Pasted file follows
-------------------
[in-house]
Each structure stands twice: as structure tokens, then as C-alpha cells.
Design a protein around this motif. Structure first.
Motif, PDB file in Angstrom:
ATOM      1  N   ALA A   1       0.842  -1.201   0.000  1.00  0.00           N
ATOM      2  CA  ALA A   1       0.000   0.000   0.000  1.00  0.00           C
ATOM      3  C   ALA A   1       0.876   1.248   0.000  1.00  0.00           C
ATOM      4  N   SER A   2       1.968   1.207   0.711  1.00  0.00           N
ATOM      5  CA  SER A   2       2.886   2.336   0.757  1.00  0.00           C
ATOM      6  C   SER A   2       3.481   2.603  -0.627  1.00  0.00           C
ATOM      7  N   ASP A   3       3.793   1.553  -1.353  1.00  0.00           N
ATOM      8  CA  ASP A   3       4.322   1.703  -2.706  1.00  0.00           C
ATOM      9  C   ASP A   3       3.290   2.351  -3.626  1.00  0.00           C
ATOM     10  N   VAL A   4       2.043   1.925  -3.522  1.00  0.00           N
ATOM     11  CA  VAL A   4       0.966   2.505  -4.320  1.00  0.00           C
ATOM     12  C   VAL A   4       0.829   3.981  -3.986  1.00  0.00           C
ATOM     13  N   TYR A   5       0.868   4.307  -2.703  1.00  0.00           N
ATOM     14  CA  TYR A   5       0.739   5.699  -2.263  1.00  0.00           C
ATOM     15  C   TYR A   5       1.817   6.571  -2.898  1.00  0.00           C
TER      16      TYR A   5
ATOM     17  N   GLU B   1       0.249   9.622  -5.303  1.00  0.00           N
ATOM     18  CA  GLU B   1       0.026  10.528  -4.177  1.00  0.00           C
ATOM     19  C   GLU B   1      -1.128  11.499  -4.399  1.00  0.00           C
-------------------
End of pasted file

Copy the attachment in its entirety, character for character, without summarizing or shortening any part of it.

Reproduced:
[in-house]
Each structure stands twice: as structure tokens, then as C-alpha cells.
Design a protein around this motif. Structure first.
Motif, PDB file in Angstrom:
ATOM      1  N   ALA A   1       0.842  -1.201   0.000  1.00  0.00           N
ATOM      2  CA  ALA A   1       0.000   0.000   0.000  1.00  0.00           C
ATOM      3  C   ALA A   1       0.876   1.248   0.000  1.00  0.00           C
ATOM      4  N   SER A   2       1.968   1.207   0.711  1.00  0.00           N
ATOM      5  CA  SER A   2       2.886   2.336   0.757  1.00  0.00           C
ATOM      6  C   SER A   2       3.481   2.603  -0.627  1.00  0.00           C
ATOM      7  N   ASP A   3       3.793   1.553  -1.353  1.00  0.00           N
ATOM      8  CA  ASP A   3       4.322   1.703  -2.706  1.00  0.00           C
ATOM      9  C   ASP A   3       3.290   2.351  -3.626  1.00  0.00           C
ATOM     10  N   VAL A   4       2.043   1.925  -3.522  1.00  0.00           N
ATOM     11  CA  VAL A   4       0.966   2.505  -4.320  1.00  0.00           C
ATOM     12  C   VAL A   4       0.829   3.981  -3.986  1.00  0.00           C
ATOM     13  N   TYR A   5       0.868   4.307  -2.703  1.00  0.00           N
ATOM     14  CA  TYR A   5       0.739   5.699  -2.263  1.00  0.00           C
ATOM     15  C   TYR A   5       1.817   6.571  -2.898  1.00  0.00           C
TER      16      TYR A   5
ATOM     17  N   GLU B   1       0.249   9.622  -5.303  1.00  0.00           N
ATOM     18  CA  GLU B   1       0.026  10.528  -4.177  1.00  0.00           C
ATOM     19  C   GLU B   1      -1.128  11.499  -4.399  1.00  0.00           C